The distinction sounds like complete bunk to me.
5.19.2006 10:55pm
Jeremiah:
Extra-constitutional power is extra-constitutional power, whatever name it goes by. I submit that no fair minded person can believe anything other than that the Court in Roper, without any meaningful evidence of national consensus to back an "evolving standards" claim, nevertheless imposed its moral judgment on the entire country. Call this a "judicial veto" or call it "legislating from the bench," it was neither more nor less than a judicial usurpation of the power to amend.

"Judicial nullifications" are entirely proper and a necessary bulwark of liberty - when backed by real constitutional warrant. But "judicial nullifications" which amend the Constitution outside the Article 5 process are nothing less than despotic acts.
5.19.2006 11:09pm
Jon Rowe (mail) (www):

Under this theory, nobody could even remotely claim that Roe v. Wade was an act of "judicial activism" or "judicial supremacy". After all, it was simply "negating" a legislative law, right?


It depends. If the fetus really is a human being with rights, then such laws protecting them are legitimate government functions, and hence shouldn't be struck down. If not, then we do have a broad and general liberty right, found in the 9th and 14th Amendments as well as in the Declaration of Independence, under which arguably the right to abortion could fall. Certainly, Griswold was properly decided under this theory, even if the Constitutional rubric of "privacy" is suspect.

"The distinction sounds like complete bunk to me."

And most criticism of judicial activism sounds like complete bunk to me.
5.19.2006 11:10pm
Jon Rowe (mail) (www):

I submit that no fair minded person can believe anything other than that the Court in Roper, without any meaningful evidence of national consensus to back an "evolving standards" claim,


Oh well let's see. The 8th Amendment which was at issue in that case forbids "cruel and unusual" punishment. The word unusual has statistical connotations, meaning that as an activity becomes less common, it becomes more unusual. So an activity that is not "cruel and unusual" in 1791 could, in 2006, indeed fit the original meaning of the clause.
5.19.2006 11:15pm
HLSbertarian (mail):
Justin Levine: You bring up a good point. Even the most extreme activist decisions can be easily constructed in terms of negation. A decision like Roe or Miranda, in addition to negating the state action in question, also defines a large set of similar actions which would also be negated if enacted. The real distinction is the line between ruling on the scope of legislative action and the content of that action, a much tougher line to draw.

The experience has been that wide, prophylactic rulings more often earn the "activist" label and more often deserve it. However, this doesn't mean that they can't be framed in terms of "negation."
5.19.2006 11:17pm
Andrew Hyman (mail) (www):
"The liberty of the citizen to do as he likes so long as he does not interfere with the liberty of others to do the same, which has been a shibboleth for some well-known writers, is interfered with by school laws, by the Postoffice, by every state or municipal institution which takes his money for purposes thought desirable, whether he likes it or not." --- Holmes, dissenting in Lochner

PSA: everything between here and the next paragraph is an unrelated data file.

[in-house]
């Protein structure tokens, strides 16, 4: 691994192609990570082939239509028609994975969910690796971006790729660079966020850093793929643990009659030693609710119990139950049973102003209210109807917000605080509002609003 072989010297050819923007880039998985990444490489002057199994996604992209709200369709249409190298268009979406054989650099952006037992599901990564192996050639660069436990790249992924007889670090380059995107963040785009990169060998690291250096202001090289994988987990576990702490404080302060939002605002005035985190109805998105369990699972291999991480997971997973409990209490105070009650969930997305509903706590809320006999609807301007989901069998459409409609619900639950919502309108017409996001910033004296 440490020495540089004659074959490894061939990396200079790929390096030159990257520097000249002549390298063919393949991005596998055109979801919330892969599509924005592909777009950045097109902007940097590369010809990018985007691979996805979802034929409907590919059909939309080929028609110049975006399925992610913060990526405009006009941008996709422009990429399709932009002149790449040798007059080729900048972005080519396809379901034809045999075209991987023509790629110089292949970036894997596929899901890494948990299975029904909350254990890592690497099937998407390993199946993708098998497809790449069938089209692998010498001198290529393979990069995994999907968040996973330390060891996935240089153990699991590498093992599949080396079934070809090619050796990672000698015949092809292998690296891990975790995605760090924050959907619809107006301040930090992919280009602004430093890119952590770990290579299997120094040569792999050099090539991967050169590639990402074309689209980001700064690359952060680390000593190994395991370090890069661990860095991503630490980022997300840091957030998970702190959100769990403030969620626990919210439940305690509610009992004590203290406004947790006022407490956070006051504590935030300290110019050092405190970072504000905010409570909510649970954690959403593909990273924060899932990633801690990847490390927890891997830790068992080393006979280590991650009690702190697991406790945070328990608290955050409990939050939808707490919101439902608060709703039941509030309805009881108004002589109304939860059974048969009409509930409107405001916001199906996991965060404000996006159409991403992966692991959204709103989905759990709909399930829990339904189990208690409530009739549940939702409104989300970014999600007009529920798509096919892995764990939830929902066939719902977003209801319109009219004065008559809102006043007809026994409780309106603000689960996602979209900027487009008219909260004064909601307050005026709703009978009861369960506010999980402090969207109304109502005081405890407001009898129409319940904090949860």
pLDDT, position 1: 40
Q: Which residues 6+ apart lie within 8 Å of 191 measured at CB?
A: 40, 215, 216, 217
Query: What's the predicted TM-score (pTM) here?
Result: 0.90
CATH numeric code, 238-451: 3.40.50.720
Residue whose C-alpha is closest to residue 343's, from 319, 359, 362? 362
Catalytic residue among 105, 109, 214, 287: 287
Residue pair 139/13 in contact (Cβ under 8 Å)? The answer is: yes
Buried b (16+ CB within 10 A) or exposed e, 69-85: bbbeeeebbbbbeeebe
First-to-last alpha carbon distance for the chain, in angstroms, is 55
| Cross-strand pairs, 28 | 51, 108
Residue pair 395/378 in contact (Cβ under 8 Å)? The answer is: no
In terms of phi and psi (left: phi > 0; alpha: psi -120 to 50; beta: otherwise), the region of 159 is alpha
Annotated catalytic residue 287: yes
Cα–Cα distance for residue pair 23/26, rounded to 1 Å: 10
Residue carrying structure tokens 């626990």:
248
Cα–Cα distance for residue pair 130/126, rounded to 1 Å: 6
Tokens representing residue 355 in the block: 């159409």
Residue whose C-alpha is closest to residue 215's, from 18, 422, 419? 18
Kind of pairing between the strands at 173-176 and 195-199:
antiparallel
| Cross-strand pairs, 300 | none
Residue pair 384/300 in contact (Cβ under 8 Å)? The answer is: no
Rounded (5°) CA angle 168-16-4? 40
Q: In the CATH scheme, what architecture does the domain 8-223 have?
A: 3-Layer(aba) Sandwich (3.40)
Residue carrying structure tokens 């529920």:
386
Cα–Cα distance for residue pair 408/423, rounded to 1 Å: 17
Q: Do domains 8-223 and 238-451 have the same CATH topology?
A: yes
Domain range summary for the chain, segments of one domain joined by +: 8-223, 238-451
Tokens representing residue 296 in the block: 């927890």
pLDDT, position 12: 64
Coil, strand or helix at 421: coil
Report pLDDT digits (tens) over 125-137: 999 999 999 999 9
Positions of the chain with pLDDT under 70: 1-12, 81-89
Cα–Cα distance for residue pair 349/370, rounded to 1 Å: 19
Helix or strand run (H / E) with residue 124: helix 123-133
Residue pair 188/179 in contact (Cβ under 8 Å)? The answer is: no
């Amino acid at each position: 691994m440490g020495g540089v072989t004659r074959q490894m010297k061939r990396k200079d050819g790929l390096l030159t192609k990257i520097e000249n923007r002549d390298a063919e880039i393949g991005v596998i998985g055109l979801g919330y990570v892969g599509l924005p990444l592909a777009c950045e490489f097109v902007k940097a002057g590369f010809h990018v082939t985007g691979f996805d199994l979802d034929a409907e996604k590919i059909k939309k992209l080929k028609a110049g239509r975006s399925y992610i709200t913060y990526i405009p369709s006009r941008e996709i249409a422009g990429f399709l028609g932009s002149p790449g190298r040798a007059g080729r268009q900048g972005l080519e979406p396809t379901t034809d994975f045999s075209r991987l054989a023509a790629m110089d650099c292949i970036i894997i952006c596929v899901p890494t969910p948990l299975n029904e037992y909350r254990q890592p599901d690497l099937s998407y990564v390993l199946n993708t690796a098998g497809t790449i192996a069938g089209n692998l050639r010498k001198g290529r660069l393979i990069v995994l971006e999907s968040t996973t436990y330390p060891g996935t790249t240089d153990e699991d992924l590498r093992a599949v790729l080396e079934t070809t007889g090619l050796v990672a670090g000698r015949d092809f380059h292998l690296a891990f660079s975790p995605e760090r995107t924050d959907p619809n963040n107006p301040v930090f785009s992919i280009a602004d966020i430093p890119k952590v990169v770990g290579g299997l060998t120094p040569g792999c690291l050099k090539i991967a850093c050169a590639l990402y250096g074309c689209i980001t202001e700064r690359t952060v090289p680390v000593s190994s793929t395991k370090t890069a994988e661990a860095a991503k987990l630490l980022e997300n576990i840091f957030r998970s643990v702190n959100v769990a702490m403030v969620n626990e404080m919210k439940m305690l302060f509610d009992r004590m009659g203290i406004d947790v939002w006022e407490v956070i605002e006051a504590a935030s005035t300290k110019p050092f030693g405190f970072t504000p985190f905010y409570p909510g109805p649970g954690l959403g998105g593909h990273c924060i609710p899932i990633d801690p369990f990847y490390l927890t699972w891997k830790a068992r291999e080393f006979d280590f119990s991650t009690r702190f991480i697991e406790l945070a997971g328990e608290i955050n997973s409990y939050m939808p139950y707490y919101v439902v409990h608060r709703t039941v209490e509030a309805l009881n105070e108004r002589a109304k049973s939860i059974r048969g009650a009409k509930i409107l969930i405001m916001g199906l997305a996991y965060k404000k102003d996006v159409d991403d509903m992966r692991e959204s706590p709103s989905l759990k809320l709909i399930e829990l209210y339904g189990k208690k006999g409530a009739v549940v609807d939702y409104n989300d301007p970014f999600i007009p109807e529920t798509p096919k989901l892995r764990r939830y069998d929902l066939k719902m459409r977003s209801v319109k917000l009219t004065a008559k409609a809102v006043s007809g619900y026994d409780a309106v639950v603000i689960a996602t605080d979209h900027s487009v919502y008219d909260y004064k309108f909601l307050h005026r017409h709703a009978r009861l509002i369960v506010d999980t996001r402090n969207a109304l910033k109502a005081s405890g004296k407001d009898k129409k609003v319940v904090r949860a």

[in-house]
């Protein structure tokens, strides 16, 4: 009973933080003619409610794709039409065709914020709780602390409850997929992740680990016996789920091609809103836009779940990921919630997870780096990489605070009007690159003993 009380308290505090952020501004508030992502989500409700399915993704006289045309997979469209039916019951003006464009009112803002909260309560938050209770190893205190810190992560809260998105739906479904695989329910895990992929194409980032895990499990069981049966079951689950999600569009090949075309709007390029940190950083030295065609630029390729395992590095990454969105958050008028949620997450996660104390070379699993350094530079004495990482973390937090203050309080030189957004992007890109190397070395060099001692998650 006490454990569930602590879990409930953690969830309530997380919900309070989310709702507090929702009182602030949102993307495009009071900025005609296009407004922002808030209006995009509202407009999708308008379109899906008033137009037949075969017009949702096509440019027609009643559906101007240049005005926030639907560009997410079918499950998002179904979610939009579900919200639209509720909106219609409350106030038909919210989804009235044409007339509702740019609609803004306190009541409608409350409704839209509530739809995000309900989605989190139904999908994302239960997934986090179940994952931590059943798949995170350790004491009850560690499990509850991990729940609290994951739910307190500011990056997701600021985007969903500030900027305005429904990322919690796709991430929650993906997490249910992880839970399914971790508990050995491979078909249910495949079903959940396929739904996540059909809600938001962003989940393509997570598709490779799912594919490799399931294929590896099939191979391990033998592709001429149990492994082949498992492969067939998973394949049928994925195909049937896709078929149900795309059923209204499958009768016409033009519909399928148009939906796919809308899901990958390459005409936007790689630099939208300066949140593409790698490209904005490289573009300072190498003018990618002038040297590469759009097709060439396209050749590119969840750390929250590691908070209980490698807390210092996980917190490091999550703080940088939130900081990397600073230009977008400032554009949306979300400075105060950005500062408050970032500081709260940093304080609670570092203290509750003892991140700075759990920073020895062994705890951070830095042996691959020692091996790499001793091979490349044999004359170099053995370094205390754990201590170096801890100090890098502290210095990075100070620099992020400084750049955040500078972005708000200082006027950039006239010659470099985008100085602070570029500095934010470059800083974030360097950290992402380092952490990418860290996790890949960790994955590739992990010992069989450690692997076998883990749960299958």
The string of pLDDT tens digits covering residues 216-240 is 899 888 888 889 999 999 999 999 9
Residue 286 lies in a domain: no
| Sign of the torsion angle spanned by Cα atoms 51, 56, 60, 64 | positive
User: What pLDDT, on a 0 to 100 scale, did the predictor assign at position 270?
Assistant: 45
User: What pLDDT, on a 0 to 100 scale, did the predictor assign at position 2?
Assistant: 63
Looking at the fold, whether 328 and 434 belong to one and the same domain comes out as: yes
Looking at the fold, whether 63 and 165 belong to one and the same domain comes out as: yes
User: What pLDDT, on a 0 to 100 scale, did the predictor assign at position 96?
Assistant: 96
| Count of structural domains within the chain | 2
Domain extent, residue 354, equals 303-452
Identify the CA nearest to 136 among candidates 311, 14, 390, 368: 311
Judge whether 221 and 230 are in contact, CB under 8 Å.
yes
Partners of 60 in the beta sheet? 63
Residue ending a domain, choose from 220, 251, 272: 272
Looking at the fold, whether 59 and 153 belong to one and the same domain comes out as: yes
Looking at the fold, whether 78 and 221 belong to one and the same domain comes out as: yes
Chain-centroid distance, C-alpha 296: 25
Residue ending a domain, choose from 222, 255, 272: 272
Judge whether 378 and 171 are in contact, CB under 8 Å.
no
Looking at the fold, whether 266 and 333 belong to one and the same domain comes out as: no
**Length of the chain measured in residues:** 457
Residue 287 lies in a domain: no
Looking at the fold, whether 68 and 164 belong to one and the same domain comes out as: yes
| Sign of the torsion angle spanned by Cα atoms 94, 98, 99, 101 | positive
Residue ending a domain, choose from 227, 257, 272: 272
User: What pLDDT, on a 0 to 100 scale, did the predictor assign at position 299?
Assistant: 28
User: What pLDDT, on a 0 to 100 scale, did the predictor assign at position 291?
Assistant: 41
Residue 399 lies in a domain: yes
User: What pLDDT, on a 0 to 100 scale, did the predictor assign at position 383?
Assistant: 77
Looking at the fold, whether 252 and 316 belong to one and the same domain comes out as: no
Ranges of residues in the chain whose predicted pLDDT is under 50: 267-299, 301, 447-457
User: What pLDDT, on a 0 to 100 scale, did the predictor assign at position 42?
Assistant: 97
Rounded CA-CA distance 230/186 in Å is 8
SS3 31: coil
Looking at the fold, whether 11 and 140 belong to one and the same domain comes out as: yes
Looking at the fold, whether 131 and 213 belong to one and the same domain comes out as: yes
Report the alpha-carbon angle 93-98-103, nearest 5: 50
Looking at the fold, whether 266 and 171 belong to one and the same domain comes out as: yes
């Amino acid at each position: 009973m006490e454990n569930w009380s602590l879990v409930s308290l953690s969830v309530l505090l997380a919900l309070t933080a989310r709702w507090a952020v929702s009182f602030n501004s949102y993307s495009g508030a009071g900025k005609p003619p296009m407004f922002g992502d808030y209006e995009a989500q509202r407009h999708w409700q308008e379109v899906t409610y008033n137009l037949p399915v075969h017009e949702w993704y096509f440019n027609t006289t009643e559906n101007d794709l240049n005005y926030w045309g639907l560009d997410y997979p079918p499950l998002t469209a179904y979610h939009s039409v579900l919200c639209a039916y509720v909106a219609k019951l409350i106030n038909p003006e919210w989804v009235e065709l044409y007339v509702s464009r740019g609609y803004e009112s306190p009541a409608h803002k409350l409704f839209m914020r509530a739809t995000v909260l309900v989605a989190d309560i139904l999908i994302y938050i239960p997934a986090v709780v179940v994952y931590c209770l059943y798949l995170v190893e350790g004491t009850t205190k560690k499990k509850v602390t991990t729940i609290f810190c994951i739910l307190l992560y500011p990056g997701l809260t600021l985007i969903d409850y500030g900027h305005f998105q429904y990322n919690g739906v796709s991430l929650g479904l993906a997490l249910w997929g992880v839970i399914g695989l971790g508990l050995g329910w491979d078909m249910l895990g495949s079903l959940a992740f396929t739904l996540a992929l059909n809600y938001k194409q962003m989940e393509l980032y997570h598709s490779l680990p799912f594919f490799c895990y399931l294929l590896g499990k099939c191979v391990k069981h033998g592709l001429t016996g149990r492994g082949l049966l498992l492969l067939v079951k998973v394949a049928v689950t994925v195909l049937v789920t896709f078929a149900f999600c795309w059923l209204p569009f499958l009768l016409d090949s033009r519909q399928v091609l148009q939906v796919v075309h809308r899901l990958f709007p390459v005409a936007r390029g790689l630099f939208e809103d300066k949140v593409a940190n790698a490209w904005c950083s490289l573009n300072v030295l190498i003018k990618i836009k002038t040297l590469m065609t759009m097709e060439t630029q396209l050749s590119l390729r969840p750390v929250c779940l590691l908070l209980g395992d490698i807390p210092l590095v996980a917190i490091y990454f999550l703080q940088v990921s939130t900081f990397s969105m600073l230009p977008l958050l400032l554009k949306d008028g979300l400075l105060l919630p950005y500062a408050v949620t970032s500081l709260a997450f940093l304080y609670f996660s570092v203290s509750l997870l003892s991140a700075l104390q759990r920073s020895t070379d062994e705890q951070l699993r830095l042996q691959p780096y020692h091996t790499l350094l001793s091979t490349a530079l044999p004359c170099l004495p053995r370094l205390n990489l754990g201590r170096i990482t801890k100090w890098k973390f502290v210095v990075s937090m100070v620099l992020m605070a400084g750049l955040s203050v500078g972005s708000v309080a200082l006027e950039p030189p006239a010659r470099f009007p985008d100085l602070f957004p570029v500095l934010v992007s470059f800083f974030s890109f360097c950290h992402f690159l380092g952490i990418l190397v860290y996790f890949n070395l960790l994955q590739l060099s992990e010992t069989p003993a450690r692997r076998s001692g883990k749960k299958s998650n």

Jon, why would negating the type of victimless law that Holmes spoke about not be "legislation," whereas negating other types of laws would be "legislation"? Is there any evidence that the framers had such a definition of "legislation" in mind when they wrote: "All legsialtive powers herein granted shall be vested in a Congress of the United States...."? Was there any dictionary extant in 1787 that drew such a distinction?
5.19.2006 11:20pm
HLSbertarian (mail):
Justin Levine said: "I submit that no fair minded person can believe anything other than that the Court in Roper, without any meaningful evidence of national consensus to back an "evolving standards" claim..."

Jon Rowe said: "Oh well let's see. The 8th Amendment which was at issue in that case forbids "cruel and unusual" punishment. The word unusual has statistical connotations, meaning that as an activity becomes less common, it becomes more unusual."

Come on now. Justin didn't say that statistical evidence is irrelevant, he said the court fudged its finding of a national consensus. When Roper was decided, 20 out of 50 states allowed the juvenile death penalty. Unusual? Maybe, given how often those states that allowed it actually carried it out, but maybe not. You have to remember that setting the standard for "unusual" too low will mean that "evolving standards" will only move in one direction, regardless of shifting national consensus.
5.19.2006 11:30pm
Jeremiah:


So an activity that is not "cruel and unusual" in 1791 could, in 2006, indeed fit the original meaning of the clause.


The problem here is that the Court decided it not "cruel and unusual" in 1989. Executions of 16- and 17-year-olds have not materially declined since then (rate of about 1 per decade). The Court therefore had to rely on claims of an emerging national consensus to reverse itself after so short a time. Its reasoning establishing that consensus, however, was very weak indeed.
5.19.2006 11:31pm
Jon Rowe (mail) (www):
1: I think Holmes was wrong in Lochner.